There’s also a nice roasted quality in the middle, which provides a more robust character than this beer would have otherwise. I mentioned how light it was-that roasted part keeps the beer from feeling thin. This is a beer that works well with all the top of the line pub food and probably should’ve been a go-to for Portlander’s everywhere.

The Ink & Roses IPA has a nice whiff of pine. The middle, however, doesn’t want to show up and the beer has a tongue scraping level of bitterness. There’s an herbal, grassy element, too-trying to wink and nod at the Roses part of the beer I suppose. It almost feels a little stuck in the past, though. Lacking balance, it’s a hard sell to people who aren’t hop head dedicated.

That said, I can also see this pairing nicely with most pub grub-the hops really cut through some of the greasier or spicier offerings. A remnant of the past that can still make a case for itself now-if the brewery had decided to make one.

But I also think that, just as Portland Brewing didn’t know how to market themselves, we took the brewery for granted, accepting that a reliably decent beer would just be there. And I get it; there are only so many hours in the day and one cannot give their attention to everything.

In Portland, everything is an option.

Still; thanks for the beer. I hope all the employees at Portland brewing land on their feet.

2020 Things

I acquired Ale Apothecary’s Sahalie {a wild fermented ale with honey, spruce and aged in wine barrels. Flowery nose, very white wine oriented, dry finish} back in February during the judging for the Oregon Beer Awards. A wild ale generally isn’t my style, but I got one for a friend who visits me and loves these beers.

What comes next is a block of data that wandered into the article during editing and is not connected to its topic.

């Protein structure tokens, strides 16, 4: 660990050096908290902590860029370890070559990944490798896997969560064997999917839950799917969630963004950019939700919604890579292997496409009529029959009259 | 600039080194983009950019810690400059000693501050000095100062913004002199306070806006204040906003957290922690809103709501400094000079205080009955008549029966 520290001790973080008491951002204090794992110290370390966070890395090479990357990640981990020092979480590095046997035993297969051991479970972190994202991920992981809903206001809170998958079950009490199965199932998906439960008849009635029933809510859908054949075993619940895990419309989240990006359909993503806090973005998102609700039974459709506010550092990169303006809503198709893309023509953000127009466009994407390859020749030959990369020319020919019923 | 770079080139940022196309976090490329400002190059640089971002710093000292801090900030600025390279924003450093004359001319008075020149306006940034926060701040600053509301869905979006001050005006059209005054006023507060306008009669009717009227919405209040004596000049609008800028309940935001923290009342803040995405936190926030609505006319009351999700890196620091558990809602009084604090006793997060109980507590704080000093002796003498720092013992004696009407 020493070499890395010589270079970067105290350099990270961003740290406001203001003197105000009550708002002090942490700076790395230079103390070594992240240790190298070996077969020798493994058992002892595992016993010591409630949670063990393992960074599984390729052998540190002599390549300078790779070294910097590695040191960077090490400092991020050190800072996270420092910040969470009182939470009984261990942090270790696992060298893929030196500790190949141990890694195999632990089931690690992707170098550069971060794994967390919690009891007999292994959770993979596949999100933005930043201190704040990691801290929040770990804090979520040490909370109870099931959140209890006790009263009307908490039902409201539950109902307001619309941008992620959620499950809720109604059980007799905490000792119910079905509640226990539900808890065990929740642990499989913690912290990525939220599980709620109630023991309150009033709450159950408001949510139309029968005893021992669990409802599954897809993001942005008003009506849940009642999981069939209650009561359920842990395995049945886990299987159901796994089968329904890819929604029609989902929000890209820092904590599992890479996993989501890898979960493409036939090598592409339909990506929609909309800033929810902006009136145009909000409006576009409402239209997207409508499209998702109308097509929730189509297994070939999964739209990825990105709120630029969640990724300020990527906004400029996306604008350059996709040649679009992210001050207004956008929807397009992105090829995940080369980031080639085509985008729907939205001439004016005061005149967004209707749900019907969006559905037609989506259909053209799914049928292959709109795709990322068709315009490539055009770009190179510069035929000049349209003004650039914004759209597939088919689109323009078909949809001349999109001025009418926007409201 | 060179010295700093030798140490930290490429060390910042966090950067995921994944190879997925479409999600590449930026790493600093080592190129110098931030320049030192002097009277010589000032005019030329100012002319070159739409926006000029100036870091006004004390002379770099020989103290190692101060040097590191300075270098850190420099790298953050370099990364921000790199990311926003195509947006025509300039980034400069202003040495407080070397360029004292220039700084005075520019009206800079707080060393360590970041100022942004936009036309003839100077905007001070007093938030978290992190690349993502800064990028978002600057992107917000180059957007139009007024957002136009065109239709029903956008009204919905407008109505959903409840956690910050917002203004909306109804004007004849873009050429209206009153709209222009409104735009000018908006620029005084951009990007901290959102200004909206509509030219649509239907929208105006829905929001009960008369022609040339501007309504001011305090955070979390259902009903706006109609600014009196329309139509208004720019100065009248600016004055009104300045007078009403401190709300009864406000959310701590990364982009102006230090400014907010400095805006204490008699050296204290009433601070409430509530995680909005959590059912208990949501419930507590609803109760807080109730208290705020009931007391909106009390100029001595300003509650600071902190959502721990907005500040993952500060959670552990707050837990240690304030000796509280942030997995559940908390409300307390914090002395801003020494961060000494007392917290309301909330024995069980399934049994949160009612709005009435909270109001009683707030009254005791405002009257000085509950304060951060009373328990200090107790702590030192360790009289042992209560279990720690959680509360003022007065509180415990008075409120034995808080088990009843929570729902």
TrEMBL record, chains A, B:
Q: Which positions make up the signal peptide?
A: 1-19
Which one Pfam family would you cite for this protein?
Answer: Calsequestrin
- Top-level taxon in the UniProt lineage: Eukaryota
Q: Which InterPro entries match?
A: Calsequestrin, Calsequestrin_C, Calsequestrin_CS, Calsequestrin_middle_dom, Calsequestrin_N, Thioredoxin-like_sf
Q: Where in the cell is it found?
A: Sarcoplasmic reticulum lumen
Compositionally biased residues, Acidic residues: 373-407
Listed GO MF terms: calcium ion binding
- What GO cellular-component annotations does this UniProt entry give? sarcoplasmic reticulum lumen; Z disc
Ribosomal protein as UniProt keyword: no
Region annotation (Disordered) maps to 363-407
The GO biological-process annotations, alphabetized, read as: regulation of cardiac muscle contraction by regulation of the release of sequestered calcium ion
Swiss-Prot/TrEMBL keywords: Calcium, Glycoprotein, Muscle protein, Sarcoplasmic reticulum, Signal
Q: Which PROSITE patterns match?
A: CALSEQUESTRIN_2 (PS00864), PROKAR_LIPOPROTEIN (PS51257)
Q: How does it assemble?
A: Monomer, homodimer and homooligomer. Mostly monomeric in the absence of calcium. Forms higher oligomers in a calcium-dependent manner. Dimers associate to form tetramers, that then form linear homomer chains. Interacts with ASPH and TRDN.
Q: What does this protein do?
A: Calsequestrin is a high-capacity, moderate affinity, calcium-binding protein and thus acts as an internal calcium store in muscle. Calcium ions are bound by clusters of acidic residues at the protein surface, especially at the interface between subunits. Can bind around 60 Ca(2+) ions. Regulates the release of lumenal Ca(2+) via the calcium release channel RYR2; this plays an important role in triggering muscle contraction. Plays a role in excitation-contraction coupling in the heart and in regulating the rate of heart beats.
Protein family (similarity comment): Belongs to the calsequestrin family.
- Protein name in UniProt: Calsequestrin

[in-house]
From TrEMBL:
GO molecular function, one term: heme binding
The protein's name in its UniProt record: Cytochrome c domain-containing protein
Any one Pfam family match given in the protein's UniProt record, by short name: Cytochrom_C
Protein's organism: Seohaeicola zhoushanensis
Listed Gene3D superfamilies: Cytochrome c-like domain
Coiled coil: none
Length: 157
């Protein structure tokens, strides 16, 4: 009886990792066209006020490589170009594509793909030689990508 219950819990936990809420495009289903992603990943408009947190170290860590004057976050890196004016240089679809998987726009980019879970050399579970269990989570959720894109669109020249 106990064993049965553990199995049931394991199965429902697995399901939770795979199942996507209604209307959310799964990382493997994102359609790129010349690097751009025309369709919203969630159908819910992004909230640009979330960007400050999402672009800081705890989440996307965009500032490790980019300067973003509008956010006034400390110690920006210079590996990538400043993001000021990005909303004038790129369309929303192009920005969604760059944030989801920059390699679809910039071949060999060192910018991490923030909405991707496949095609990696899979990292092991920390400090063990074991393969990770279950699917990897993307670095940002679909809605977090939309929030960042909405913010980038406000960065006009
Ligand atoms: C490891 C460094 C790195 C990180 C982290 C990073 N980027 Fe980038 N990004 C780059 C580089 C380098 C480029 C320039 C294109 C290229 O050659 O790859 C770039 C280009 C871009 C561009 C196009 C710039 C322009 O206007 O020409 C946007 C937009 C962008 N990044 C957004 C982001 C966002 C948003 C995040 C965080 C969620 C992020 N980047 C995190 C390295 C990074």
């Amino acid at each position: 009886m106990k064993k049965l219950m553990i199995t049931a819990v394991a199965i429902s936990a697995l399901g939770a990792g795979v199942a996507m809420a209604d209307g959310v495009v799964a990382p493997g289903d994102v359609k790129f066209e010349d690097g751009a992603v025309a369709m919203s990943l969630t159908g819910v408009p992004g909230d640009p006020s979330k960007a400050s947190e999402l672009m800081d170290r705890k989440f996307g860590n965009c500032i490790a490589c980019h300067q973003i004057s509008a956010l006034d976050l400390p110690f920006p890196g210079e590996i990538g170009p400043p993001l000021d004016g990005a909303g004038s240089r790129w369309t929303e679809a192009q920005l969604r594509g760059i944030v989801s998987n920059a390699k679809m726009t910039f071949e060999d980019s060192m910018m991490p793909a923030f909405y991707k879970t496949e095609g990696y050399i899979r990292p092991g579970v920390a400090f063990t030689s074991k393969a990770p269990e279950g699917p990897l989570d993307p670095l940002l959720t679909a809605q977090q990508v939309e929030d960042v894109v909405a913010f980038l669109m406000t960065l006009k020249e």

He isn’t coming to visit this year. The border is closed.

I was supposed to go to Spokane and Seattle this year. Have drinks with friends, see my family. Discussions to get on a plane to see other friends. That didn’t happen, either. And it isn’t going to, looks like.

Generally, I try not to drink alone: there’s writing to do, people to visit. I know it’s not healthy for me-or anyone, really-, so being around people, even if I’m just in a bar doing some work, is better than sitting at home by myself.

But I have sat home alone a lot this year, in order to help protect other people. It doesn’t feel right to have bartenders risk their lives for me, so I can have a beer. Hell, it doesn’t feel right to have anyone risk their lives for me, but especially just so I can go out to eat or drink.
I know it has been the right decision.

We don’t always get the thrill of being righteous, just because we are right. Since this year has been hard, I think it’s important to acknowledge why it has been hard and who is responsible for the increased difficulty we have had to face.

There are, by my count, at least two men who bear a lot of responsibility for the position we find ourselves in. There’s an opportunity to take power away from them and I think we should take it.

An Open Letter To The Pubs I Like To Drink At

I’m going to stay away for a bit longer.

It’s not you, it’s me.

Quite simply: my desire to go out and have a pint does not supersede the risks that you are compelled to be under. Risks we’re already having to deal with.

I don’t blame you: people are desperate and impoverished. They are being forced into inhumane, immoral decisions between having a place to live and having a life to live in that place.

I can afford to stay out of your way, order online and take things to go. So I’m going to keep supporting you that way, for at least a few more weeks. You can establish your rules and procedures and I can let that all happen safely from home.

I’ll be back, don’t you worry.

OBAs 2020